15. Saez, Emmanuel & Schoefer, Benjamin & Seim, David, 2021. "Hysteresis from employer subsidies," Journal of Public Economics, Elsevier, vol. 200(C).
    16. Andrew C. Johnston, 2021. "Unemployment Insurance Taxes and Labor Demand: Quasi-Experimental Evidence from Administrative Data," American Economic Journal: Economic Policy, American Economic Association, vol. 13(1), pages 266-293, February.
    17. Benczúr, Péter & Kátay, Gábor & Kiss, Áron, 2018. "Assessing the economic and social impact of tax and benefit reforms: A general-equilibrium microsimulation approach applied to Hungary," Economic Modelling, Elsevier, vol. 75(C), pages 441-457.
    18. Gidehag, Anton, 2019. "Firms’ labor cost savings and recruitment of nonwestern immigrants: The unintended effect of a payroll tax reform," HFI Working Papers 5, Institute of Retail Economics (Handelns Forskningsinstitut).
    19. Hildegunn E. Stokke, 2021. "Regional payroll tax cuts and individual wages: heterogeneous effects of worker ability and firm productivity," International Tax and Public Finance, Springer;International Institute of Public Finance, vol. 28(6), pages 1360-1384, December.
    20. Áron Kiss & Pálma Mosberger, 2015. "The elasticity of taxable income of high earners: evidence from Hungary," Empirical Economics, Springer, vol. 48(2), pages 883-908, March.

    More about this item

    Keywords

    Job Protection Act; targeted tax incentives; differences in differences;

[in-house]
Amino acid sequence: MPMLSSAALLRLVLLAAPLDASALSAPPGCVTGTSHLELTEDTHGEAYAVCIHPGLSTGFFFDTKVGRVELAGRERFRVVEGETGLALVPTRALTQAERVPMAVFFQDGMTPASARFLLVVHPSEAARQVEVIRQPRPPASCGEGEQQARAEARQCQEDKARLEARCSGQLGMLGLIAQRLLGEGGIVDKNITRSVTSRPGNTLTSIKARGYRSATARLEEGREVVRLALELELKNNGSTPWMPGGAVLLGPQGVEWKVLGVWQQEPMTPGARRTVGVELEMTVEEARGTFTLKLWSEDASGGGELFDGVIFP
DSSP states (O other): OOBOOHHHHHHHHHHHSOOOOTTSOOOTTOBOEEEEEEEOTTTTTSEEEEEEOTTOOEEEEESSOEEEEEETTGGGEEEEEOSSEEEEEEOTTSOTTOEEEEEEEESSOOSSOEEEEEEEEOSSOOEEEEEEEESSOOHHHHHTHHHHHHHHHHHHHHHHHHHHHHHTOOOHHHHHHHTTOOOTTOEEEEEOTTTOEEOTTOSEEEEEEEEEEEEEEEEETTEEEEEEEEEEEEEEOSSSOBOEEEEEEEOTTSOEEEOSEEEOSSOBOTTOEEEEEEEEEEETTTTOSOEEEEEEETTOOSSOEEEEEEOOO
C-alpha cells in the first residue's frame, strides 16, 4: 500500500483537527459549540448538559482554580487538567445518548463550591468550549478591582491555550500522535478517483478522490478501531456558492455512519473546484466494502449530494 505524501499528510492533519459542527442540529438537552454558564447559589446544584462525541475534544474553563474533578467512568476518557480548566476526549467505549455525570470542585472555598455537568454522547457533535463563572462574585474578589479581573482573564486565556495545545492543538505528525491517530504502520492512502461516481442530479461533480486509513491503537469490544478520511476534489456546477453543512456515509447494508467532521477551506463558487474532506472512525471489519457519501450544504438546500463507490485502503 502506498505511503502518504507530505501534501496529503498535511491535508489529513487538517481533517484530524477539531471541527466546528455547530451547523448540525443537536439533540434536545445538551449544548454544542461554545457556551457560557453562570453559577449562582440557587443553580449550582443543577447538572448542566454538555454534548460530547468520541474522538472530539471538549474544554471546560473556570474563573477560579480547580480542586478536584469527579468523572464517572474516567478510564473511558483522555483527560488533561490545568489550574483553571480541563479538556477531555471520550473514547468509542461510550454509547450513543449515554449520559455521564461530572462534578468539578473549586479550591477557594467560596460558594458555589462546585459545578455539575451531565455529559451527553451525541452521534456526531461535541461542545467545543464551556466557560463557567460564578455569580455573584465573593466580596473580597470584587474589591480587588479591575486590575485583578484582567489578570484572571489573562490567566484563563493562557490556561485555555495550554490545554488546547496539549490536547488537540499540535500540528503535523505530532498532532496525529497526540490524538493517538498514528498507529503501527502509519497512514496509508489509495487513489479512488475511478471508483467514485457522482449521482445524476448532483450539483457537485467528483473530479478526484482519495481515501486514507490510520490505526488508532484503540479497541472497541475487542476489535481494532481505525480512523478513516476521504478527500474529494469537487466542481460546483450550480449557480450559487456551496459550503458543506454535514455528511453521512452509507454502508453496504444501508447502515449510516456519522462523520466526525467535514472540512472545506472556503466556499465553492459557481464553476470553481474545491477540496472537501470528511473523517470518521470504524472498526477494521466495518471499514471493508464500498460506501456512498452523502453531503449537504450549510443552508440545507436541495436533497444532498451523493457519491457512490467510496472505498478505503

All these keywords.

    JEL classification:

    • H24 - Public Economics - - Taxation, Subsidies, and Revenue - - - Personal Income and Other Nonbusiness Taxes and Subsidies
    • J21 - Labor and Demographic Economics - - Demand and Supply of Labor - - - Labor Force and Employment, Size, and Structure
    • J23 - Labor and Demographic Economics - - Demand and Supply of Labor - - - Labor Demand

    Statistics

    Access and download statistics

    Corrections

    All material on this site has been provided by the respective publishers and authors. You can help correct errors and omissions. When requesting a correction, please mention this item's handle: RePEc:pfq:journl:v:64:y:2019:i:1:p:72-92. See general information about how to correct material in RePEc.

    If you have authored this item and are not yet registered with RePEc, we encourage you to do it here. This allows to link your profile to this item. It also allows you to accept potential citations to this item that we are uncertain about.

    If CitEc recognized a bibliographic reference but did not link an item in RePEc to it, you can help with this form .

    If you know of missing items citing this one, you can help us creating those links by adding the relevant references in the same way as above, for each refering item. If you are a registered author of this item, you may also want to check the "citations" tab in your RePEc Author Service profile, as there may be some citations waiting for confirmation.

    For technical questions regarding this item, or to correct its authors, title, abstract, bibliographic or download information, contact: Adam Hoffmann (email available below). General contact details of provider: https://edirc.repec.org/data/bkeeehu.html .

    Please note that corrections may take a couple of weeks to filter through the various RePEc services.

    IDEAS is a RePEc service. RePEc uses bibliographic data supplied by the respective publishers.